Personal tools
Welcome to the Who Inspired Wiki, a site about the inspirations behind things. Register today! You may also want to:

Learn more here.
Help out at the Community Portal.
Or just try out a random page.

Who Inspired Doom?

From Who Inspired
Jump to: navigation, search



Doom is a 1993 first-person shooter video game by id Software. It is widely recognized for having popularized the first-person shooter genre. In Doom, players assume the role of a space marine, popularly known as "Doomguy", who must fight his way through a military base on Mars' moon, Phobos, and kill the demons from Hell.
Creator(s): id Software
Type: Games
Genre(s): First-person shooter
Year Released: 1993

The making of Doom began after the release of Spear of Destiny in September 1992. The initial idea was to make a movie license game based on Aliens, one of the team's favorite science fiction-action films, and some negotiations were made with 20th Century Fox.[1][2]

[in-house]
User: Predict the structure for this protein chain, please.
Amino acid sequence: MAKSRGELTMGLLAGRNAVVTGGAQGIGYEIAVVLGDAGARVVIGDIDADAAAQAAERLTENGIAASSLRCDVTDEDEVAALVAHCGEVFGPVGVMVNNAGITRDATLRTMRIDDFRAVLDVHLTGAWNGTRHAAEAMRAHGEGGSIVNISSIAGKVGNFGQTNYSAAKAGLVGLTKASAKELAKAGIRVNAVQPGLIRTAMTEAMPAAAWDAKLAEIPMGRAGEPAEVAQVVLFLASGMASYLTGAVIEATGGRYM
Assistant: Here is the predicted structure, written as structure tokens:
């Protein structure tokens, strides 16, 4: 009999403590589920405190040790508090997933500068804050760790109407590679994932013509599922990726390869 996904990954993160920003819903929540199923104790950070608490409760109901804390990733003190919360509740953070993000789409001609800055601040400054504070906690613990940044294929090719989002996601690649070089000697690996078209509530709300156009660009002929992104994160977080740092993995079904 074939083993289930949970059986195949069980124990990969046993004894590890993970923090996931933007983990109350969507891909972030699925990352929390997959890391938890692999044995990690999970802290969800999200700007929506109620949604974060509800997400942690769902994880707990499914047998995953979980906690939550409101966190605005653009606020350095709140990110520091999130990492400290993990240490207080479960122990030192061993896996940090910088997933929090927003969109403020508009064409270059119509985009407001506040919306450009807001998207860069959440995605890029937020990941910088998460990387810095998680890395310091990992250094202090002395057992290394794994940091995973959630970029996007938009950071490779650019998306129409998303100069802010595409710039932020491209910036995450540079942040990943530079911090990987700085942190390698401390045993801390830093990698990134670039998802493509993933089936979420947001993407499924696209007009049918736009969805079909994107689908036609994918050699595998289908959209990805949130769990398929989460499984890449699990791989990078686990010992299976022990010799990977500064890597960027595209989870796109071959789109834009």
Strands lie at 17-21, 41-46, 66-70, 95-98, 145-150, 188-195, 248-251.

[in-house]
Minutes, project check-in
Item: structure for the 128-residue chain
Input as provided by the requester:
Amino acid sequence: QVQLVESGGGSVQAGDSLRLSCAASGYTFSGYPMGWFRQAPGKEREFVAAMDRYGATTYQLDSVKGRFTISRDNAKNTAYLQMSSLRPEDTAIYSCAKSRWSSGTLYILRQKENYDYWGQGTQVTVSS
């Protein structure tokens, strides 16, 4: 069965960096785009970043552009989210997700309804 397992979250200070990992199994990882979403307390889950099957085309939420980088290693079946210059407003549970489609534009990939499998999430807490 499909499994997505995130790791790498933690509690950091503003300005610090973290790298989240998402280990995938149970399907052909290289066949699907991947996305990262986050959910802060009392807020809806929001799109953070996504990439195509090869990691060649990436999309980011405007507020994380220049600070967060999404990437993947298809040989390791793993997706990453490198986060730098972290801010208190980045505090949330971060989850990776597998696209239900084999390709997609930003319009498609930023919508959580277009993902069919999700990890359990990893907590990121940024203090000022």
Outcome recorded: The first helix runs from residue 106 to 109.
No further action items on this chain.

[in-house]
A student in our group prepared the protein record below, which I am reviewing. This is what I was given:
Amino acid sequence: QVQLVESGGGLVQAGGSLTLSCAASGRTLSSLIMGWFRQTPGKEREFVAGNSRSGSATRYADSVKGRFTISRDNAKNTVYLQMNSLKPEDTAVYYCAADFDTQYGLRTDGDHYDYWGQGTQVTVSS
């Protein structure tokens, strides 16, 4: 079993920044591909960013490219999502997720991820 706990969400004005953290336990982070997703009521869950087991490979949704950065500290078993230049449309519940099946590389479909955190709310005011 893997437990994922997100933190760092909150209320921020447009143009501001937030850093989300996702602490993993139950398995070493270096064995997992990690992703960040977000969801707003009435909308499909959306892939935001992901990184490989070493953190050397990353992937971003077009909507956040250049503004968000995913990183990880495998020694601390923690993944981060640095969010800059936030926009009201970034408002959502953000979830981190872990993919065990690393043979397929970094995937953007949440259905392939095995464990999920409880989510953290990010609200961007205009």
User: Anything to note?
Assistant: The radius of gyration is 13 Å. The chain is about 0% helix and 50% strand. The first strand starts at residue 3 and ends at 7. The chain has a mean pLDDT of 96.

When the game design phase began in late 1992, the main thematic influences were the science fiction action film Aliens and the horror film Evil Dead II. John Carmack instead conceived the basic theme for the game: demons versus technology. Doom was viewed to be a cross between Aliens and the team's favorite horror B movie, Evil Dead II.[3][4]

John Carmack picked the game's title from The Color of Money. There's a scene in that movie when Tom Cruise shows up with a case. The case, of course, contains his pool cue, but when he's asked what's in it, he says “Doom.” And then he goes on to dominate the pool hall. Carmack said this was how he envisioned id software “springing the game on the industry.”[5]

id Software moved to Wisconsin in the early 90s, and the team indulged their deep love of Dungeons & Dragons, playing extensive games together. The idea to include demons in Doom was inspired by id's most recent Dungeons & Dragons campaign, which had ended with demons overrunning the entire planet.[6]

Although id Software had not designed Wolfenstein 3D to be editable or modified by the players, users did develop character and level editors to create original alterations to the game's content. These efforts strongly influenced id Software to design titles like Doom and Quake to be more easily modifiable for the end user.[7]

File:Bruce Campbell .jpg
Evil Dead's Bruce Campbell


File:Dungeonsdragons playing 0002.jpg
A game of Dungeons & Dragons